You can ask him questions on : the organization of the office, the internal initiatives in which you could recognize yourself (eg associations for the protection of the environment, organization of festive events etc ...) or on the international tranfers process....

So on the day of the interview you can be really specific about your motivations for Bain.

I hope this helps you. David

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Axel
Expert
Content Creator
replied on Jun 03, 2020
Bain Consultant | Interviewer for 3 years at Bain |Passionate about coaching |I will make you a case interview Rockstar

Hi

There are a lot of other topics that you can touch upon including Bain's culture, the culture in the particular office you are applying to, global trainings, the industry and project exposure of the office you are applying to, etc.

I would try to think about what is important for you to know about when potentially joining a consulting firm (just avoid embarrassing questions about comp, travel policies, etc.).

-A

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Anonymous A on Jun 03, 2020

Hello , Will do the same. THanks so much.

Clara
Expert
Content Creator
replied on Jun 03, 2020
McKinsey | Awarded professor at Master in Management @ IE | MBA at MIT |+180 students coached | Integrated FIT Guide aut

Hello!

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Udayan
Expert
Content Creator
updated an answer on Jun 06, 2020
Top rated Case & PEI coach/Multiple real offers/McKinsey EM in New York /12 years recruiting experience

A lot of great points are covered here. Below are questions I always found thoughtful when candidates asked me about the role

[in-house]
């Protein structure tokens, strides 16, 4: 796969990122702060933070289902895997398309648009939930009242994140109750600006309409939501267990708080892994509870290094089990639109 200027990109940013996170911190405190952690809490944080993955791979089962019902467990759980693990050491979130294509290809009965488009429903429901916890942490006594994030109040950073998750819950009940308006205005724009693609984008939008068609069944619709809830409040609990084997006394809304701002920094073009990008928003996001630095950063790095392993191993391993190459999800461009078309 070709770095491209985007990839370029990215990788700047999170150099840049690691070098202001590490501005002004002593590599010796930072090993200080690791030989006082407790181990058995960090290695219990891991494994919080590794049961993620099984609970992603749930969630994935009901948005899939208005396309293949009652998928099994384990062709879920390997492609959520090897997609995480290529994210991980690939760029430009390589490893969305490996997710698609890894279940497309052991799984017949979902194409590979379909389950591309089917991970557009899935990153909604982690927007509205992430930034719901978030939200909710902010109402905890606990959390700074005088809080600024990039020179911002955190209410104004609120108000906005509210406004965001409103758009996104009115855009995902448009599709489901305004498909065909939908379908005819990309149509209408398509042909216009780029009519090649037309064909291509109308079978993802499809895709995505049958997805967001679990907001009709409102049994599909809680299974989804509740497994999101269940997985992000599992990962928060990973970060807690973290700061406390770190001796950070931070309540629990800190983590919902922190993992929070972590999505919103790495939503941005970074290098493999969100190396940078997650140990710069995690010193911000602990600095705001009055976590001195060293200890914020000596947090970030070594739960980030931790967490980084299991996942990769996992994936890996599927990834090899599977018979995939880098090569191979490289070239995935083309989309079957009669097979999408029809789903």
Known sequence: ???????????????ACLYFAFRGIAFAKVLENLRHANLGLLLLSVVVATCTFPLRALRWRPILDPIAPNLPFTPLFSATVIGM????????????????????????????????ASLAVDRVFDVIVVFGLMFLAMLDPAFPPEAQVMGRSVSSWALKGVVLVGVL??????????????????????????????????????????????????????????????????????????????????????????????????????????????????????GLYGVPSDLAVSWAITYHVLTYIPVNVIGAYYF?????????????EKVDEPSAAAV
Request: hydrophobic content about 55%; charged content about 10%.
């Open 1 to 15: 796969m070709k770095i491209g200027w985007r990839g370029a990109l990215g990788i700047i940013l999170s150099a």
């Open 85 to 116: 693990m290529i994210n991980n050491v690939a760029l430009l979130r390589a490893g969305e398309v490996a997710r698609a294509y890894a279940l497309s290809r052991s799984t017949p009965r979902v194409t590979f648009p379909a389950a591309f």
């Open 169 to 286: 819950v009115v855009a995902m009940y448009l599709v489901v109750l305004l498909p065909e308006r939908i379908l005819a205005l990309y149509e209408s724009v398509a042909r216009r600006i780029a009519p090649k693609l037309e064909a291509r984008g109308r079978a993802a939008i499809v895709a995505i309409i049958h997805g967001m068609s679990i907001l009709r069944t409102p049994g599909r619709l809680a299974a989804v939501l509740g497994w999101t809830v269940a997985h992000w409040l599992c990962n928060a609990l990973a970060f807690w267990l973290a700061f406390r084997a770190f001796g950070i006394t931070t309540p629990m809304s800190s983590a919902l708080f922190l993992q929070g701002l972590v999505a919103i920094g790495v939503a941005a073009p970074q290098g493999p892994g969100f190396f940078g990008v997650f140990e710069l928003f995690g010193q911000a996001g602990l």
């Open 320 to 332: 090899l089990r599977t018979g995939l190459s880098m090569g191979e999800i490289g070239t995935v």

1. How does my role differ from others on the team and how do I get ownership of my work

2. What impact have I had in this job and what has it taught me

3. How do I deal with the challenges of the consulting life - especially handling senior clients as a young graduate

4. What is the mentorship model like? How easy does the firm make it to find mentors? How did I find my mentor?

5. What did I wish I know before I joined McKinsey

6. What makes me excited to come to work every morning

All the best with the call,

Udayan

(edited)

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Anonymous replied on Jun 04, 2020

Dear A,

Ideally, there are questions hat could show your intrinsic interest in the company, person, or both ideally. So one of the greatest question could be for example the following:

"Now, look at your career XX long, what is the one project assignment, by looking back, makes you very proud of accomplishing smth great?"

Why did you choose Bain in you life?

Which project you're working on?



Hope it helps,
Good luck,
André

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Réka gave the best answer

Réka

3+ years McKinsey consulting experience|Strategy @ Coursera |Oxford MBA